How to Create a Repository and Send a Pull Request on GitHub?

Coding Docs Git

GitHub is a highly popular git remote repository hosting platform along with Bitbucket and GitLab.

In this article, I will show you how to create a remote repository then use it on your local machine, and after making a few changes, how to send a pull request via GitHub.

Let’s begin with creating a remote repository.

Creating a Remote Repository

Let me say that I want to work on a side project with my friends for fun purposes. Like every today’s developer, I want to feel safe and not to lose any of my work during this collaborative development process. Thus I want to use a git repository especially a remote one.

That’s why I created a remote private Git repository on GitHub. Most of the companies are hosting their Git repositories of software projects on GitHub, Bitbucket, Gitlab, or their private servers not to lose any data.

So I go to my GitHub homepage and found the New button to create a new repository.

Then I fill the necessary information about my new repo. I name it my-project, made it private, and add an initial README file by checking the related option.

When I click the Create Repository button, it would create my remote repository and redirects me to the homepage of the project’s repository.

Cloning the Repository to Local Environment

After that, I need to clone this repository to my local machine, because I need an interactive text editor or I need to test my project on my machine. So I click the “Clone or Download” button and see its HTTPS Git URL. Also, there is an SSH option to clone my new repo but right now we won’t deal with this option.

I should copy my repo’s git URL and open my terminal on my machine. I switch to my preferred directory with the “cd” command, and I use the most common git command which is git clone:

$git clone https://github.com/bahadirmezgil/my-project.git

I enter the cloned repository directory and look at the current files

There is only a README.md file as you can see. But also you may have already realized that my terminal is detected that it is a git directory and it also shows me its current branch which is “master”. Also, you can look at hidden files with ls -a command

You will see a hidden git directory which indicates this is a git repo folder. But in some cases, you may not see it in your terminal. But don’t worry.

Checking Git Installation

Most of the operating systems come up with git installation by default. You can check whether your machine has installed git or not by another git command on your terminal:

$git --version

If you don’t see that output or your terminal doesn’t respond to the git repository, I would recommend you to install git via https://git-scm.com/book/en/v2/Getting-Started-Installing-Git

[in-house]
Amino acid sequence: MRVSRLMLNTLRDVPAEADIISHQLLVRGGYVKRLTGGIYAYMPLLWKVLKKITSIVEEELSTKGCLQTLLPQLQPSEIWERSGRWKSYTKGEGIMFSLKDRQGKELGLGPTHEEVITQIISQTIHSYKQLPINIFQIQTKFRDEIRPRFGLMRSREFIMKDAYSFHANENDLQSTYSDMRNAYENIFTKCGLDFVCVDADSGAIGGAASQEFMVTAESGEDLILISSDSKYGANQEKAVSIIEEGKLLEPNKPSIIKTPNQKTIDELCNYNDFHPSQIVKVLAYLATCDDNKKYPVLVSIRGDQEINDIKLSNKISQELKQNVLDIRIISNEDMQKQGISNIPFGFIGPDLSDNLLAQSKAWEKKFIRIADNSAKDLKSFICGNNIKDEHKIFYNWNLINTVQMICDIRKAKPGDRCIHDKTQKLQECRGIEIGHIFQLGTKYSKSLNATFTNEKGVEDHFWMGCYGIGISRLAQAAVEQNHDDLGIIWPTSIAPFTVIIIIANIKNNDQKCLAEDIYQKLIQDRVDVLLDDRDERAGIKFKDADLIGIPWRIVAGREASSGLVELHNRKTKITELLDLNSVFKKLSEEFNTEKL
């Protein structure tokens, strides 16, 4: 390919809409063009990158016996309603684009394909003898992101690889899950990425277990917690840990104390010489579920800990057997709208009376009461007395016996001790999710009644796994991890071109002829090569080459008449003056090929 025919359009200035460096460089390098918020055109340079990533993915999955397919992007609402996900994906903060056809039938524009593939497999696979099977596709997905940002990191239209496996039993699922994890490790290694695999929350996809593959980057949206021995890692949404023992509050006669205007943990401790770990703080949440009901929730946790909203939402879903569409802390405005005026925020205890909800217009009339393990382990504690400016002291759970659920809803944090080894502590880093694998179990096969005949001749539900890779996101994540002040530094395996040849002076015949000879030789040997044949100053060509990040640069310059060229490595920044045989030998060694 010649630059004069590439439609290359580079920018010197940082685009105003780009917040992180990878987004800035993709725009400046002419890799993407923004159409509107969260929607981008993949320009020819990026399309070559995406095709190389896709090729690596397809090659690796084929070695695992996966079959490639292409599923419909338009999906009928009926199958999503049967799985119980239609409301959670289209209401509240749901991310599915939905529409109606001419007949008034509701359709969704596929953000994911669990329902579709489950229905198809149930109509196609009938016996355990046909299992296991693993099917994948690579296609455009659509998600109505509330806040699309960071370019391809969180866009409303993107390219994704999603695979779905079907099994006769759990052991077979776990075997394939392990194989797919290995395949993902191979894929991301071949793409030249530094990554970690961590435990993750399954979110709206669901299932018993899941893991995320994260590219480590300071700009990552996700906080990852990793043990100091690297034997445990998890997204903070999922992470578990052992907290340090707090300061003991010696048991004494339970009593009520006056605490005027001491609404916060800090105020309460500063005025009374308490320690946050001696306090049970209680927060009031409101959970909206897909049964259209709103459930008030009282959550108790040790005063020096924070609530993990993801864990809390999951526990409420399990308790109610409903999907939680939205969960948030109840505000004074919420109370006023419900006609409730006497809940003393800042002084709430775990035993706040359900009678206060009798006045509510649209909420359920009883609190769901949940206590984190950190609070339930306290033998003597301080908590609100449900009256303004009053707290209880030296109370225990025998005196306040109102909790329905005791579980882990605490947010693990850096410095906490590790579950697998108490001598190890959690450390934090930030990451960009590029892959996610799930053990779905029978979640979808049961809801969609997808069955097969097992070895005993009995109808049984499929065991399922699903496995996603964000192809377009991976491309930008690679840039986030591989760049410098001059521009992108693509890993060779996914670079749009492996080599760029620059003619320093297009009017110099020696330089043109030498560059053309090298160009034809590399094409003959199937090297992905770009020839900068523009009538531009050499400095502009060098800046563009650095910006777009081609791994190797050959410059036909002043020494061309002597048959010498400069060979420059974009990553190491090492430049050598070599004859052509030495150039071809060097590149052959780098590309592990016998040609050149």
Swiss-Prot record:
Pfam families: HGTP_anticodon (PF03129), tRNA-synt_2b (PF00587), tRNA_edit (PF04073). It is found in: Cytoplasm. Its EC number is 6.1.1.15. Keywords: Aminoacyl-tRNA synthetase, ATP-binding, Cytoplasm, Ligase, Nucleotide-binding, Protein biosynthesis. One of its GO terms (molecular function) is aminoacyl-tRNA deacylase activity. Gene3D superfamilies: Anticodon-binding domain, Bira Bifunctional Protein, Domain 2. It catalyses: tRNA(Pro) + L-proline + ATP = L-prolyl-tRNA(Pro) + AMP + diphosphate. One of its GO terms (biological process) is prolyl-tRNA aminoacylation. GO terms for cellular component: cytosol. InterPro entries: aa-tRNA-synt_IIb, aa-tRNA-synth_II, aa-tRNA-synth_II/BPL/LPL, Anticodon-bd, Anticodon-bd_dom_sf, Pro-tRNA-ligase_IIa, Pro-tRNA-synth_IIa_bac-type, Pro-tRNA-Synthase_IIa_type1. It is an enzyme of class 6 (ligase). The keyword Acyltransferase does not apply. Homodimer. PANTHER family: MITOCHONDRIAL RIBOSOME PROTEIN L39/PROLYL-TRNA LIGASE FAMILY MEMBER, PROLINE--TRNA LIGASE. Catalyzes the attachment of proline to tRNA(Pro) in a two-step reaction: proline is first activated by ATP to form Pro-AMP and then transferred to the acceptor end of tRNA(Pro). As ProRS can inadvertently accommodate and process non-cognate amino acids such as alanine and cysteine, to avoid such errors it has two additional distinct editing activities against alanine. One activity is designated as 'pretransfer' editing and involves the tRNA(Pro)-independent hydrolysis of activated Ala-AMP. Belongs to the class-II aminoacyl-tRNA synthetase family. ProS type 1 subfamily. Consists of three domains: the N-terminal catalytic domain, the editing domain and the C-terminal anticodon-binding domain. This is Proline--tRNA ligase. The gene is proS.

Making Few Changes

Now let’s make a few changes to our local repository. But for that first, we need to create a new branch from our main development branch which is usually called the dev branch. Then with our new branch, we can commit our changes and push it to our remote repository along with the new branch information.

This article doesn’t cover how to use git branches but if you don’t feel confident about them, I strongly recommend you to read my article https://www.codingdocs.com/git-branching-tutorial-with-real-world-examples/ about git branches in detail.

Now we are ready to send a pull request from our new branch.

Send a Pull Request (PR)

The most common and professional approach when using remote repositories is sending pull requests (PR). For other remote git repository hosting platforms, you could see the word Merge Request (MR) like GitLab.

To do that go to the remote repository homepage and you would probably see the pull request button or a plus sign on other platforms.

By clicking one of them, a pull request screen will appear with a select option of which branch of changes should be merged into which branch. In our case, it is feature/my-killer-feature to the dev branch.

By clicking the “Create pull request” button you will send a PR to that repository. Of course, it will not automatically be merged but it will start a code review process. So other teammates will be able to review and comment about our changes. If our code changes have general acceptance, the admin of the remote repository may accept our PR and merge our feature branch to the dev branch.

Conclusion

I hope this article helped you with how to create a remote repository and how to send a pull request to your remote repository via GitHub.

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